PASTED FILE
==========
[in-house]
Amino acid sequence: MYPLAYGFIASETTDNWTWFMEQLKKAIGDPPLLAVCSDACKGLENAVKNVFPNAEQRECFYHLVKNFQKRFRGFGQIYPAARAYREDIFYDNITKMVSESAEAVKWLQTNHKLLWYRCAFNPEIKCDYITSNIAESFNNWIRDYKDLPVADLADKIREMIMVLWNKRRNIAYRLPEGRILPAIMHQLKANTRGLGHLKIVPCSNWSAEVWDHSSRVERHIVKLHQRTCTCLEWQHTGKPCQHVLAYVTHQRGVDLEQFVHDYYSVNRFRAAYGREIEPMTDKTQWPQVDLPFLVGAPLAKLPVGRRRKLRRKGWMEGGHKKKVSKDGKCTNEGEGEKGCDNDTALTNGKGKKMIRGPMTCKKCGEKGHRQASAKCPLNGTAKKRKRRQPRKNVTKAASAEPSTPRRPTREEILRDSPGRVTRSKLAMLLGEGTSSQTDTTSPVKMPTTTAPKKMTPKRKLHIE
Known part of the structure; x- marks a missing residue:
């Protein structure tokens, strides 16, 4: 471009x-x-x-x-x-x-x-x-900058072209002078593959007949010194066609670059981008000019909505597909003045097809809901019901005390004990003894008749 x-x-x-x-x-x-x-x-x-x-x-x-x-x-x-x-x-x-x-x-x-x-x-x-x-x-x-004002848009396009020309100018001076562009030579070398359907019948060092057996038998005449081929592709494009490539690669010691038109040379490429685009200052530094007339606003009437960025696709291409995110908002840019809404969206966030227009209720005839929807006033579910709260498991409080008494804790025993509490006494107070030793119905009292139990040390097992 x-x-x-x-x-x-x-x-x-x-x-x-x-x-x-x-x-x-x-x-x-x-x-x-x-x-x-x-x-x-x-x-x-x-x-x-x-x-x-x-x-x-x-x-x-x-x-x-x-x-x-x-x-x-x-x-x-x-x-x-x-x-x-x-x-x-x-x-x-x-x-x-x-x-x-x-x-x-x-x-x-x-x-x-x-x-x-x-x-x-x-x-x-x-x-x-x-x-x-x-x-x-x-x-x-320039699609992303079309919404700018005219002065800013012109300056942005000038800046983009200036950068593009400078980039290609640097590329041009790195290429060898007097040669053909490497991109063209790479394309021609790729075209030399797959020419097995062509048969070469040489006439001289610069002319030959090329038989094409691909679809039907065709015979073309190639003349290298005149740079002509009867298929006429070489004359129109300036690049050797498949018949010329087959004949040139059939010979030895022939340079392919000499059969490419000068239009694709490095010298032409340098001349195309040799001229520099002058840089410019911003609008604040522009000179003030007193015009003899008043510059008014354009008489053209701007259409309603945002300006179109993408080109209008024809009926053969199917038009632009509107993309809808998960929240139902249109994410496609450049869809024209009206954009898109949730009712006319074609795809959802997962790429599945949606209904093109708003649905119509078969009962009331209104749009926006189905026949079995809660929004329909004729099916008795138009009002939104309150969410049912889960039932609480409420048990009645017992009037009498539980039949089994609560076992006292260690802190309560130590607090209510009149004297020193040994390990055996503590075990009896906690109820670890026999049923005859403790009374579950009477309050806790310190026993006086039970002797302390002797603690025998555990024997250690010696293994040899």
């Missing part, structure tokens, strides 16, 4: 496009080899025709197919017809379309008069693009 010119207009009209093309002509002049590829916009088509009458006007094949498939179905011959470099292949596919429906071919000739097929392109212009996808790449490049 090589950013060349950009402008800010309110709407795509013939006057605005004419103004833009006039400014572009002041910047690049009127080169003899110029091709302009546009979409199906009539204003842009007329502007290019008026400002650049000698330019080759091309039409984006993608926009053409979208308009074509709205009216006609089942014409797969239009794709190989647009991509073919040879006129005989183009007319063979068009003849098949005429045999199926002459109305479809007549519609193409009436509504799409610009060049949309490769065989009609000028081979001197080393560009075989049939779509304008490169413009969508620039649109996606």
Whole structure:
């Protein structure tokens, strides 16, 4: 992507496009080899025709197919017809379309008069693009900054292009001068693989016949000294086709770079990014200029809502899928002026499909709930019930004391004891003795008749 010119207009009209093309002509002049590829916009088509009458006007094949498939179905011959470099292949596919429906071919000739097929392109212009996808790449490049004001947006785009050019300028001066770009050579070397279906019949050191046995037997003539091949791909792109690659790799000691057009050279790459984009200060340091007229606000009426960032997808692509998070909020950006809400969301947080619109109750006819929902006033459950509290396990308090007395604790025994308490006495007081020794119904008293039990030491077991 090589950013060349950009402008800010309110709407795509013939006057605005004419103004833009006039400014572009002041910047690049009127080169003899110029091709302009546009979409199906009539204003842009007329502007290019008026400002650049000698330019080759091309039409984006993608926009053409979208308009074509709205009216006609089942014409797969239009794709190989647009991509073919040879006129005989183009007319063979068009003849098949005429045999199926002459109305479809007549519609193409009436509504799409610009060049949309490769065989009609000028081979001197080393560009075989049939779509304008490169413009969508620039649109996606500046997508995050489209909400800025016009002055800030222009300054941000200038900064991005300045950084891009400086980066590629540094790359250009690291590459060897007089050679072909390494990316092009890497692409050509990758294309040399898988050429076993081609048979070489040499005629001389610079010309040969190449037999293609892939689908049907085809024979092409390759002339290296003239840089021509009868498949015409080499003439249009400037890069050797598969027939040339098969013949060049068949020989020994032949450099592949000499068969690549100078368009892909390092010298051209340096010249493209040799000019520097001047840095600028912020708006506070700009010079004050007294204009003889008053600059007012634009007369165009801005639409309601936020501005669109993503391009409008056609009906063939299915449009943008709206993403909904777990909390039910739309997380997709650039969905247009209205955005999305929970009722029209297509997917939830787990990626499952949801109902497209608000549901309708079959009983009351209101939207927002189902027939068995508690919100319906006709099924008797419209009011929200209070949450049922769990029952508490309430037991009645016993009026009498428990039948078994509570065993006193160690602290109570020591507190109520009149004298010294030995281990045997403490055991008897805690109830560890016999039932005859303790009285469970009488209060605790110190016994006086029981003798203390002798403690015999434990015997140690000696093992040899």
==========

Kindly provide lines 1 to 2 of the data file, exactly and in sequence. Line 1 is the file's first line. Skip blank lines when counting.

[in-house]
Amino acid sequence: MYPLAYGFIASETTDNWTWFMEQLKKAIGDPPLLAVCSDACKGLENAVKNVFPNAEQRECFYHLVKNFQKRFRGFGQIYPAARAYREDIFYDNITKMVSESAEAVKWLQTNHKLLWYRCAFNPEIKCDYITSNIAESFNNWIRDYKDLPVADLADKIREMIMVLWNKRRNIAYRLPEGRILPAIMHQLKANTRGLGHLKIVPCSNWSAEVWDHSSRVERHIVKLHQRTCTCLEWQHTGKPCQHVLAYVTHQRGVDLEQFVHDYYSVNRFRAAYGREIEPMTDKTQWPQVDLPFLVGAPLAKLPVGRRRKLRRKGWMEGGHKKKVSKDGKCTNEGEGEKGCDNDTALTNGKGKKMIRGPMTCKKCGEKGHRQASAKCPLNGTAKKRKRRQPRKNVTKAASAEPSTPRRPTREEILRDSPGRVTRSKLAMLLGEGTSSQTDTTSPVKMPTTTAPKKMTPKRKLHIE